‘Panama Papers’ link kin of Xi, Mao, Li, other Chinese Communist elite to shell firms
The massive data leak from a Panama-based law firm dealing with offshore shell companies has implicated relatives of no fewer than eight current and former members of China’s Politburo Standing Committee, analysis of the data showed Wednesday.
The leaked internal documents from Mossack Fonseca & Co. showed that family members of three current members of the top body of the Communist Party of China, including President Xi Jinping, had been involved with shell companies dealt with by the firm, along with family members of five former members.
A grandson-in-law of China’s founding father, Mao Zedong, is also among those implicated.
The leaked files, containing information on 214,488 offshore entities connected to people in more than 200 countries and territories, were obtained by the German newspaper Sueddeutsche Zeitung and shared with the International Consortium of Investigative Journalists, with which Kyodo News and other media outlets are in partnership.
While offshore companies are not illegal, they are often associated with efforts to hide wealth and process money gained through illicit methods, such as drug smuggling and arms deals.
The current members of China’s seven-member Politburo Standing Committee who are implicated in the scandal through family members are Xi; Liu Yunshan, the party’s fifth-highest ranking official; and Zhang Gaoli, the seventh-highest ranking member of the party.
Xi’s name has already been hitting headlines in the wake of the revelation of the “Panama Papers” mentioning the activities of his brother-in-law, Deng Jiagui, who is shown to have been the director and sole shareholder of two offshore companies, although it is unclear as yet what the firms were used for.
As for Liu and Zhang, their connection to the papers came in the form of their daughter-in-law and son-in-law, respectively. Both are shown to have been shareholders of companies incorporated in the British Virgin Islands, an offshore tax haven where Mossack Fonseca allegedly helped set up many shell corporations.
The British Virgin Islands connection also involves relatives of former committee members. The grandson-in-law of Mao, Chen Dongsheng, became the sole director and shareholder of a company incorporated in the territory.
The daughter of former Chinese Premier Li Peng, Li Xiaolin, is shown to have co-owned a British Virgin Islands firm, which files show obscured its ownership by issuing bearer shares — shares in a company that allow for anonymous ownership. Such shares have been outlawed in a number of jurisdictions due to their potential application in money laundering and other illegal activity.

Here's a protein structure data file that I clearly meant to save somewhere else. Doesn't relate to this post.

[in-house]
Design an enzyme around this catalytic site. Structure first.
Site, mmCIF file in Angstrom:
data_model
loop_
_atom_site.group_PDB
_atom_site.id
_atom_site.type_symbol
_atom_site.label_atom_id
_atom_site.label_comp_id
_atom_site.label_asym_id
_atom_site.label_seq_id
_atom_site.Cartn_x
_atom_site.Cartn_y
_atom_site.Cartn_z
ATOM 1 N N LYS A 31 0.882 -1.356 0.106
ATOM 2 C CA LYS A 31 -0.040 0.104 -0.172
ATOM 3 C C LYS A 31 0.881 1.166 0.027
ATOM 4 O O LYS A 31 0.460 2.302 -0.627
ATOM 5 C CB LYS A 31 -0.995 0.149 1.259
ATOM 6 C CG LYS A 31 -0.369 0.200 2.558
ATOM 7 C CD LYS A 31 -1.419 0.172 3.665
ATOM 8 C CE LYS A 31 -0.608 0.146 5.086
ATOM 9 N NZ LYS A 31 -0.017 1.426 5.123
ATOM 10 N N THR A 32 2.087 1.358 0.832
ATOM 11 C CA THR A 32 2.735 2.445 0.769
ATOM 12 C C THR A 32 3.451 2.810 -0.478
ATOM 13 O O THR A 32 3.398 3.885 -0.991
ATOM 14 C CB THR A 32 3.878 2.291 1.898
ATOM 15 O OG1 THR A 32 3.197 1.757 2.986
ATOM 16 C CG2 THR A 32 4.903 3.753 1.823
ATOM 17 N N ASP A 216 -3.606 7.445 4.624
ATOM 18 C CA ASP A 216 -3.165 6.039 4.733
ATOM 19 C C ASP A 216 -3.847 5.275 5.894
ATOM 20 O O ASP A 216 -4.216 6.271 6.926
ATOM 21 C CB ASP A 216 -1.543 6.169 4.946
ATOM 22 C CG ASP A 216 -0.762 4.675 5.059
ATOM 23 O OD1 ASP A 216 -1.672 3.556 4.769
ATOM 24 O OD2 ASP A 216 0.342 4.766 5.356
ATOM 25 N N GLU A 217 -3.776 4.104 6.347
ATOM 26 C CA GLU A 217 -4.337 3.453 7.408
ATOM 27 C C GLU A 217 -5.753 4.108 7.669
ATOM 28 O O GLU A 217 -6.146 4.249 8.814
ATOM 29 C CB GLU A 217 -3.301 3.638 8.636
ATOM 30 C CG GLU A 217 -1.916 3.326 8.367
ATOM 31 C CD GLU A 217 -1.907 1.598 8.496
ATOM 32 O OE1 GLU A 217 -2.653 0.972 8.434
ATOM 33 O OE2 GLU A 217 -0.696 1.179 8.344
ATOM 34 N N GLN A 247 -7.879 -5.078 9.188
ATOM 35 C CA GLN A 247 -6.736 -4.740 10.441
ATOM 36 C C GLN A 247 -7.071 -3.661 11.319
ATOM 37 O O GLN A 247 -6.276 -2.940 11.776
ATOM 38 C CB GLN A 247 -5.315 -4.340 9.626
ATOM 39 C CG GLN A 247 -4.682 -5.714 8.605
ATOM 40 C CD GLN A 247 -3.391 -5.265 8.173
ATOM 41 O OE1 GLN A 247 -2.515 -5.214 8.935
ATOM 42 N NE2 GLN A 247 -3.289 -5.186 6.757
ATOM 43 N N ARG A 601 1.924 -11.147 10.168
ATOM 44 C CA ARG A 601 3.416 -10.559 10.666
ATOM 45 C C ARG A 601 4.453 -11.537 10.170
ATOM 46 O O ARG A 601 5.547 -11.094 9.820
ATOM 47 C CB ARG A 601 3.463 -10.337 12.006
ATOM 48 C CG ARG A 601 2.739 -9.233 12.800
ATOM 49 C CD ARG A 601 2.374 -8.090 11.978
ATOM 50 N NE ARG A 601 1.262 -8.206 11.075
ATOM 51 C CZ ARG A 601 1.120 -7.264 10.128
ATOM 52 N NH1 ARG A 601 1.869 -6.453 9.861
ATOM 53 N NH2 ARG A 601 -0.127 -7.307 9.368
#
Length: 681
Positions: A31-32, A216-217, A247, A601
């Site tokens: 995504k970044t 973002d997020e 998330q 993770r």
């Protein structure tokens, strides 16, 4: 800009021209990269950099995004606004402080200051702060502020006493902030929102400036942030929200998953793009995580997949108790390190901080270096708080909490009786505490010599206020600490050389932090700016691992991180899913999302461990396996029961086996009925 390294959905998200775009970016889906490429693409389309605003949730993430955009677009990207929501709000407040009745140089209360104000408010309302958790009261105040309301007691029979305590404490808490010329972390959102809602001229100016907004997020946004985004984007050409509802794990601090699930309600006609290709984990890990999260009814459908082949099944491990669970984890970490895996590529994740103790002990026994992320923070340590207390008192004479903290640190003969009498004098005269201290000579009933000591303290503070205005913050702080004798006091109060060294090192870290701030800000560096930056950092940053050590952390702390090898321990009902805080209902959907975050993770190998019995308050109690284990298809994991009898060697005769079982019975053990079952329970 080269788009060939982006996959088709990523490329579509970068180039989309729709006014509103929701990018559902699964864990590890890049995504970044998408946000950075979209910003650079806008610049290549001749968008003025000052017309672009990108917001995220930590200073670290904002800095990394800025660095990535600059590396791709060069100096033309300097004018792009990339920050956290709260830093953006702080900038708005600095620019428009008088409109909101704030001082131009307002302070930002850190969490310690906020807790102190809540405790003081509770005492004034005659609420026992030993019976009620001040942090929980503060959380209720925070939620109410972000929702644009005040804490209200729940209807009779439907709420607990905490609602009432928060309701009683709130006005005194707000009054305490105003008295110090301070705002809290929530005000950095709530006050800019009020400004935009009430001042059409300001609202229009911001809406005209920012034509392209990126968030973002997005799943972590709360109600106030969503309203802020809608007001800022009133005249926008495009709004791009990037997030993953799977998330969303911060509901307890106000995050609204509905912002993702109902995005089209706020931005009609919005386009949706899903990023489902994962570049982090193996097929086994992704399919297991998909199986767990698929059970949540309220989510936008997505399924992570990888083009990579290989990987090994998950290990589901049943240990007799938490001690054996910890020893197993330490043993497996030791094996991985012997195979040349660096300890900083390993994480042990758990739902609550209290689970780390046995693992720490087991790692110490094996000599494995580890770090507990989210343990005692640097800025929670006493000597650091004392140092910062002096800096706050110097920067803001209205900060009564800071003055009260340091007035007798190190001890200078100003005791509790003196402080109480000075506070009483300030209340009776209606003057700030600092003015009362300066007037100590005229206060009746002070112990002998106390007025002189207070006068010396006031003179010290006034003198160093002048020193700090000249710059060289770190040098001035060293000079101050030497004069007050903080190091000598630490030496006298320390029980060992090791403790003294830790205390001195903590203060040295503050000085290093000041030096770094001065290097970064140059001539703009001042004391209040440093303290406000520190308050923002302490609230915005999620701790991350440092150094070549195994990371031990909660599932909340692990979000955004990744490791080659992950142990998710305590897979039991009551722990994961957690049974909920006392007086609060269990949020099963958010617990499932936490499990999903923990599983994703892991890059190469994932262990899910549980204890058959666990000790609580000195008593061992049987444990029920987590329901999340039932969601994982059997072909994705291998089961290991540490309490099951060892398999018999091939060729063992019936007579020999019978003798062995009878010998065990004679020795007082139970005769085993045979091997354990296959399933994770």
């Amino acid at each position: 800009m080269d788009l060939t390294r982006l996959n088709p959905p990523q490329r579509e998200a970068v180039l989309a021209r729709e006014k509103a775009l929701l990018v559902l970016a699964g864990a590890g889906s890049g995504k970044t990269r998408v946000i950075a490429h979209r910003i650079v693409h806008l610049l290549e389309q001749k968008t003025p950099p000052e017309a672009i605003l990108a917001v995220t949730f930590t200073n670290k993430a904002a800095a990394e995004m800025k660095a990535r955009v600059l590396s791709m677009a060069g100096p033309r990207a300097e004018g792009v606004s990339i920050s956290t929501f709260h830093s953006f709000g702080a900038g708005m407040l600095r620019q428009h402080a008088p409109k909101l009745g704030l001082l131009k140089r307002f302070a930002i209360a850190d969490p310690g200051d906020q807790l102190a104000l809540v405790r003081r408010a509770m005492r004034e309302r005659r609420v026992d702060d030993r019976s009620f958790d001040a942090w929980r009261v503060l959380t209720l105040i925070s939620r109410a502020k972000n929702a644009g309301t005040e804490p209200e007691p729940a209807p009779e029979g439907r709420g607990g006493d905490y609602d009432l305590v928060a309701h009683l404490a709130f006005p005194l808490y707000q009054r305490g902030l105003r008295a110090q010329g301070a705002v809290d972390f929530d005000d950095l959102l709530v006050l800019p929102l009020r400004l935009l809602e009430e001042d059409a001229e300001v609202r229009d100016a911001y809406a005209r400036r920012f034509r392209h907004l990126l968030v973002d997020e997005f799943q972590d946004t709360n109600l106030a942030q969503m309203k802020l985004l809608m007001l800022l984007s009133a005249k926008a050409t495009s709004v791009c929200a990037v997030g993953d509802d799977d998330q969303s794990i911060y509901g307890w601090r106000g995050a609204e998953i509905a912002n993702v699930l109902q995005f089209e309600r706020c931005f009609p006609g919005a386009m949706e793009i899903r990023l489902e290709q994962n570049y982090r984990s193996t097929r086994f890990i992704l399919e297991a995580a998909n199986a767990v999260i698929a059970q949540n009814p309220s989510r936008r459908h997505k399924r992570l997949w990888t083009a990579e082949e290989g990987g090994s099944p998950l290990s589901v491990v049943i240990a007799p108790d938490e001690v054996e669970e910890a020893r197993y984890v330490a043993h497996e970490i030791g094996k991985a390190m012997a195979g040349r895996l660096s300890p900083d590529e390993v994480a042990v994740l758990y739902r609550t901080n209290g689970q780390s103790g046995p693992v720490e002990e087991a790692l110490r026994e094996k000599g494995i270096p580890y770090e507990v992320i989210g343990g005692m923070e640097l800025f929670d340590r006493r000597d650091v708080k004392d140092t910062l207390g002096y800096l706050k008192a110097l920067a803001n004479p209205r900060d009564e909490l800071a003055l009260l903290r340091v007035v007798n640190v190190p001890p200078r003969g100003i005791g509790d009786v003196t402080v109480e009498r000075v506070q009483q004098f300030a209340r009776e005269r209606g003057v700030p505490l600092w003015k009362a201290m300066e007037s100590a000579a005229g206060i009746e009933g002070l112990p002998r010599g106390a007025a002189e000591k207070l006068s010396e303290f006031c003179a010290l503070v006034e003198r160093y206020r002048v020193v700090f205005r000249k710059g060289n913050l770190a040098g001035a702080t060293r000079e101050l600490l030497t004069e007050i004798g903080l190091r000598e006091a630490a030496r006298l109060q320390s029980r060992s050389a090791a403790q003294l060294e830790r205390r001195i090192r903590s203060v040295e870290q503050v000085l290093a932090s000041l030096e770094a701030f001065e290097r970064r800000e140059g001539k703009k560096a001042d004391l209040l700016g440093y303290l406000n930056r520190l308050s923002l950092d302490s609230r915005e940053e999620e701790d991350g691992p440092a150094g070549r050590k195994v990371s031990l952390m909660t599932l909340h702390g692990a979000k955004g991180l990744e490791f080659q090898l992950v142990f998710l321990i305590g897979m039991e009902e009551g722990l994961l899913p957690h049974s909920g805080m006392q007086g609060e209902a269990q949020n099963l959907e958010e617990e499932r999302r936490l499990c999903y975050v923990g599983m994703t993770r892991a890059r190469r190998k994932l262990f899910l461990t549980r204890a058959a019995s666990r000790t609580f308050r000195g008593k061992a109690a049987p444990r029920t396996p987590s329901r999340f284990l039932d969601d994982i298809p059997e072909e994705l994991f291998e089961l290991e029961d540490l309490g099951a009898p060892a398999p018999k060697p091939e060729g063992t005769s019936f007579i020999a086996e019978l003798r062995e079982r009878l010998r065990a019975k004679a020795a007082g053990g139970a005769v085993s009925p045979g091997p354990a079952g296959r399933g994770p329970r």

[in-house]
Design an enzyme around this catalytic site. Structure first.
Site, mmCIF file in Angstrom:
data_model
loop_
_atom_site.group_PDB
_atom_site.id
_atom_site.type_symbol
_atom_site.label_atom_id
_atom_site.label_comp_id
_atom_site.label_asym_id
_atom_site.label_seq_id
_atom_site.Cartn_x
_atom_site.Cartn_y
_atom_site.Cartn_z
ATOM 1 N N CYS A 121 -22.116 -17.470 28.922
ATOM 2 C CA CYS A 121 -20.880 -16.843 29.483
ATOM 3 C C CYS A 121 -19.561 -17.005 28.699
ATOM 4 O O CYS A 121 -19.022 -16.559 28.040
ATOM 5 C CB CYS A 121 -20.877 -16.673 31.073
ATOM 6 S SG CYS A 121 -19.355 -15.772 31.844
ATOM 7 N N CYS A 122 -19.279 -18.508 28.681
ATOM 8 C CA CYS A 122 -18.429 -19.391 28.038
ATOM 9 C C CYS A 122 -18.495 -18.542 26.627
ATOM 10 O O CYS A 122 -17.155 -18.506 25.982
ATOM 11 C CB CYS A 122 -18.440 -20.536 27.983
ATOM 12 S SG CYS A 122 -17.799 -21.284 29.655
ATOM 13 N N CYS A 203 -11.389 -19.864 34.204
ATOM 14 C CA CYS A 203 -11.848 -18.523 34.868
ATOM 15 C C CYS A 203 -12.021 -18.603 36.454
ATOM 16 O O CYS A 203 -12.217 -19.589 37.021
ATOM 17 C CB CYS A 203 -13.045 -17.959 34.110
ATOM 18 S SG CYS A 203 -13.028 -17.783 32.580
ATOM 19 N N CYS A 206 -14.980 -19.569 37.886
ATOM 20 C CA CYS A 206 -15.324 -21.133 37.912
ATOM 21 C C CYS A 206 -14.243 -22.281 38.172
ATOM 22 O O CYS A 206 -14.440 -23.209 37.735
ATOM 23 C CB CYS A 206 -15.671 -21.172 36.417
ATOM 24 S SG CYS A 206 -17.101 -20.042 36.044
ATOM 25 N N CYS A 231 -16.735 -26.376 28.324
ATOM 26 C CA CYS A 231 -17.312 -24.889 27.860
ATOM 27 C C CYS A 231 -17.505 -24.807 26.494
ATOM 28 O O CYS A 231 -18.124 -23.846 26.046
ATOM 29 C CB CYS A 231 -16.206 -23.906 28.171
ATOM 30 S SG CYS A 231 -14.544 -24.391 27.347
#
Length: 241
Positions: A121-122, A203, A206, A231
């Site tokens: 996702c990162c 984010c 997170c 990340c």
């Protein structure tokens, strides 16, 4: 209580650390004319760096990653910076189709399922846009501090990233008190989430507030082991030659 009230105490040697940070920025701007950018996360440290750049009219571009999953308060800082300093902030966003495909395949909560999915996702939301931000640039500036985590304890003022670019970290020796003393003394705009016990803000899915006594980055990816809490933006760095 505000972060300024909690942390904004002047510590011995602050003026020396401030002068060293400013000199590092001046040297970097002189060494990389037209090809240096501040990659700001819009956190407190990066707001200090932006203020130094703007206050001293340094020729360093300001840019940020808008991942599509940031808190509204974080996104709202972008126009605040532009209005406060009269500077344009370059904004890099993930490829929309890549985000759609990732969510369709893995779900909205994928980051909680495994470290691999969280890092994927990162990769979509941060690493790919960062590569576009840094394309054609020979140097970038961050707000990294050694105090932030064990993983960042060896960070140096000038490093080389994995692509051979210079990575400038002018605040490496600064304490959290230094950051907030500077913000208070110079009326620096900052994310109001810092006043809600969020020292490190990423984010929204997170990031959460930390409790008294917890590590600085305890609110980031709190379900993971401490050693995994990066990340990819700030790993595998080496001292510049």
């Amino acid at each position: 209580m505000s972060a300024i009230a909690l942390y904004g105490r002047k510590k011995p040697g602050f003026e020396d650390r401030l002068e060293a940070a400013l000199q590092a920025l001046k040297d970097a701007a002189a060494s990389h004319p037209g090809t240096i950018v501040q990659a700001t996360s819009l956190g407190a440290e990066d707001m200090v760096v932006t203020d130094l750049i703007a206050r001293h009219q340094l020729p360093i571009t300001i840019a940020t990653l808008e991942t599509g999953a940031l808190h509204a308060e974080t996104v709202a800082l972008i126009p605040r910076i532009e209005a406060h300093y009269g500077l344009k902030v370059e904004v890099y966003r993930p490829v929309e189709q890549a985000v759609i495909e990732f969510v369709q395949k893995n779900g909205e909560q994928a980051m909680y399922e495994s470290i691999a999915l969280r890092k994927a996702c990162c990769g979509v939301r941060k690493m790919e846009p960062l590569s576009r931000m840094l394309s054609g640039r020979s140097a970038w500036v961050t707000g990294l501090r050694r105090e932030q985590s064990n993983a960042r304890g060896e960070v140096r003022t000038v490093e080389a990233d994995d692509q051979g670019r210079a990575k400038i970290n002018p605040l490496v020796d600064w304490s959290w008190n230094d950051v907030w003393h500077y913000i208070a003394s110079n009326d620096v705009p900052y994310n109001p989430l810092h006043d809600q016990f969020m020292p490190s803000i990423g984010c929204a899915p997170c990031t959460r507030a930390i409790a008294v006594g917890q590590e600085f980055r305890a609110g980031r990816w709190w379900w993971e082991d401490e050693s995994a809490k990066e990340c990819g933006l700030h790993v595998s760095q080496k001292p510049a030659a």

The ability to obscure the ownership of wealth is illustrated in the case of Jasmine Li, the granddaughter of former committee member Jia Qinglin. Li is shown to have had interests in two British Virgin Islands companies, which in turn acted as the owners for two companies set up in Beijing. As the shell companies were the registered owners, Li’s name was absent from documentation on the Beijing firms.
Also implicated by their family members are former Politburo Standing Committee members Hu Yaobang, the former general secretary of China’s Communist Party, and Zeng Qinghong, who was vice president of China.
It is not only Chinese politicians who have found their names caught up in the leak, however. Billionaires Shen Guojun and Kelly Zong have both been shareholders in British Virgin Islands companies, the former’s involving film star Jackie Chan.
The leak shows shell corporations have been set up with the help of Mossack Fonseca in a range of offshore jurisdictions, including the Bahamas, the Channel Islands, Hong Kong, Panama, the Seychelles and Singapore.
Mossack Fonseca is facing questions over its processes and background checking provisions, after files showed it had dealt with a number of world leaders, politicians and celebrities, as well as figures with links to sanctioned companies and illegal activities.
Media reports in the wake of the first release of information from the papers on Monday suggest that China has taken measures to censor social media discussion of the scandal.
The Constitution of the Communist Party of China discourages its members from benefiting from their positions or ties, advising that they “are at all times ordinary members of the working people,” who “must not seek any personal gain or privileges.”